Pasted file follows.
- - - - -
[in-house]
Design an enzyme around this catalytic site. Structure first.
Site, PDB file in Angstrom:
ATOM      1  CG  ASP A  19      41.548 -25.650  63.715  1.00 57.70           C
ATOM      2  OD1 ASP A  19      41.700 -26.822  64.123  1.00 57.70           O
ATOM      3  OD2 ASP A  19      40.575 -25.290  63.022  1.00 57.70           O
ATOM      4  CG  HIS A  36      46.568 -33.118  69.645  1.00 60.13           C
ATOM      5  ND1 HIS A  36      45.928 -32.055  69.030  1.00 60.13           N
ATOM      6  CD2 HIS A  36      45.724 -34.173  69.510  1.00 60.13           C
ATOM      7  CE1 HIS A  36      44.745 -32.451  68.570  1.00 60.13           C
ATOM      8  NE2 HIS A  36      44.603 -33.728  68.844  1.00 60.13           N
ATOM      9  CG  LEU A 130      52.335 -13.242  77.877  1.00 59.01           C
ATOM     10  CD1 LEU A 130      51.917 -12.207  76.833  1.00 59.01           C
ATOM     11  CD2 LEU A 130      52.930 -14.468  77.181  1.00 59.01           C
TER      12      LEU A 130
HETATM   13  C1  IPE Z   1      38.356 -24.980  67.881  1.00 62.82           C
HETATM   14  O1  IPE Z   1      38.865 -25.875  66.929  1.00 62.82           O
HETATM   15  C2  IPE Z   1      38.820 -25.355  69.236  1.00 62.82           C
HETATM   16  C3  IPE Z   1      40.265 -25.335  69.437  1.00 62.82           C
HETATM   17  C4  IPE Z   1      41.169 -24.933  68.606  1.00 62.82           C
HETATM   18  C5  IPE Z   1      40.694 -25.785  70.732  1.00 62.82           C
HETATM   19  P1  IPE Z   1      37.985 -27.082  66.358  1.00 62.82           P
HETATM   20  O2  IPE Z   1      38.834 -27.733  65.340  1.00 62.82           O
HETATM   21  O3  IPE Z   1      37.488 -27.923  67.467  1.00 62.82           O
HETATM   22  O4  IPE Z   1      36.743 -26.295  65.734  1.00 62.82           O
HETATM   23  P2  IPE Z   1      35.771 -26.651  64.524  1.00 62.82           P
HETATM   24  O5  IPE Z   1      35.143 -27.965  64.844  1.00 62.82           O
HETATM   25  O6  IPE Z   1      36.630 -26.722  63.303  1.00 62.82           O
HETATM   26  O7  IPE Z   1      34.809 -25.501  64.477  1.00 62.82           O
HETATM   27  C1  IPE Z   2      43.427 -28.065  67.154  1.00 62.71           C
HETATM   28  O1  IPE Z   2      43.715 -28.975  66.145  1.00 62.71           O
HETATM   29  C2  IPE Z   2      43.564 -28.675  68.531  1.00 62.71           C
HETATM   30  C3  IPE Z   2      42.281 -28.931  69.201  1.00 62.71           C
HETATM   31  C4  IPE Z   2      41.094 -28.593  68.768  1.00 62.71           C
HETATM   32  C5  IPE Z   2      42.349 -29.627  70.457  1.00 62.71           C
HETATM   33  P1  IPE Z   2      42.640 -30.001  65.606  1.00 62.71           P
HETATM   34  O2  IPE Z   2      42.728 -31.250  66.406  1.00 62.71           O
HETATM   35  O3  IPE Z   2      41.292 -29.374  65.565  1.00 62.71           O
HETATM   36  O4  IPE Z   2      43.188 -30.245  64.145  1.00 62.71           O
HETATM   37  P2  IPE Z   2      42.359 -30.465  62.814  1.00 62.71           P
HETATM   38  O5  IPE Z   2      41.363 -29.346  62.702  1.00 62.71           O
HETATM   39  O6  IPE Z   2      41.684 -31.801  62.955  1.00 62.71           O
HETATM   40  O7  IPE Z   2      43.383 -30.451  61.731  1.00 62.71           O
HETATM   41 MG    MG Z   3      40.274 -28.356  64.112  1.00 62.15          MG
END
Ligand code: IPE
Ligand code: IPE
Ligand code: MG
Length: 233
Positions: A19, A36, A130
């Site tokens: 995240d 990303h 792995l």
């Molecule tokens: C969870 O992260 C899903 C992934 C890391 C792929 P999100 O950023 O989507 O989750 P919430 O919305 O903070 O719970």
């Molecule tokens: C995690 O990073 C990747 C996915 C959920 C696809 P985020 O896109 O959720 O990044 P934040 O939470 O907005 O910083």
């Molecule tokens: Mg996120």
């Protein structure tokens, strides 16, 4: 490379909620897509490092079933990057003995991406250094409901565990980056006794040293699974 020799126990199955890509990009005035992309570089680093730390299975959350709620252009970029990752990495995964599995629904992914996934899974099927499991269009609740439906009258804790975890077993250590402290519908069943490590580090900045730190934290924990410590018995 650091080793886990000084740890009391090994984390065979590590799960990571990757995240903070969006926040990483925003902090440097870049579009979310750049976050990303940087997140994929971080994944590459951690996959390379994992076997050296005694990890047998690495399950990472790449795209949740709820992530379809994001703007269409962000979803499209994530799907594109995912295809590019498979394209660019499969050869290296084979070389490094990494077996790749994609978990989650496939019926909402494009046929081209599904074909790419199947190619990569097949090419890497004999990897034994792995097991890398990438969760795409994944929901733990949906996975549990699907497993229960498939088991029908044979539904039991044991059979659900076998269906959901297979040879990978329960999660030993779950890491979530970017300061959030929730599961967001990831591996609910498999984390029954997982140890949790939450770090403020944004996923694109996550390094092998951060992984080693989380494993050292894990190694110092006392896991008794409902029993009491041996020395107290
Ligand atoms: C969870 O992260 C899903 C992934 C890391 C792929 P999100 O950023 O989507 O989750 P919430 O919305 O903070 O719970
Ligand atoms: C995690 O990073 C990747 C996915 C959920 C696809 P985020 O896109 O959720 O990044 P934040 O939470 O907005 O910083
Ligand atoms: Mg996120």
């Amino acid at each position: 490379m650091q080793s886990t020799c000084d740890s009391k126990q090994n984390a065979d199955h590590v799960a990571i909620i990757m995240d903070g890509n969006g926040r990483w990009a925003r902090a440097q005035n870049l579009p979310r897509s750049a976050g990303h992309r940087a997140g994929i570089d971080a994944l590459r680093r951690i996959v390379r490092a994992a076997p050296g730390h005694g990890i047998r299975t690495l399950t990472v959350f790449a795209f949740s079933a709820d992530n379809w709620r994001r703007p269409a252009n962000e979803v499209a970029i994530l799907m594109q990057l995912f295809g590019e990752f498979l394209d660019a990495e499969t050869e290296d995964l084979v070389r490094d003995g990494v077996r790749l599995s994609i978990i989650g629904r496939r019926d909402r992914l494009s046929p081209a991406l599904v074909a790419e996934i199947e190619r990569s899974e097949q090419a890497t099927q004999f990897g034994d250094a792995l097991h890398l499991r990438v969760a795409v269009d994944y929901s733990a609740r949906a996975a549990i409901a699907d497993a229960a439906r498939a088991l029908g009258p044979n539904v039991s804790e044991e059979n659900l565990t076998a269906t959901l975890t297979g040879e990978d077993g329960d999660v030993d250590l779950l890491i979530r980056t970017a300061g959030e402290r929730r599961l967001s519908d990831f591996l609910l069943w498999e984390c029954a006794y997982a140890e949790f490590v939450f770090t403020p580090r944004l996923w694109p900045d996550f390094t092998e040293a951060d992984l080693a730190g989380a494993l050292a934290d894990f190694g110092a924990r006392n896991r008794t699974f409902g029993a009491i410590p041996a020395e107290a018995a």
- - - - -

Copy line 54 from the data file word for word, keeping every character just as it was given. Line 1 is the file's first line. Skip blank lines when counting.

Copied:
């Molecule tokens: Mg996120």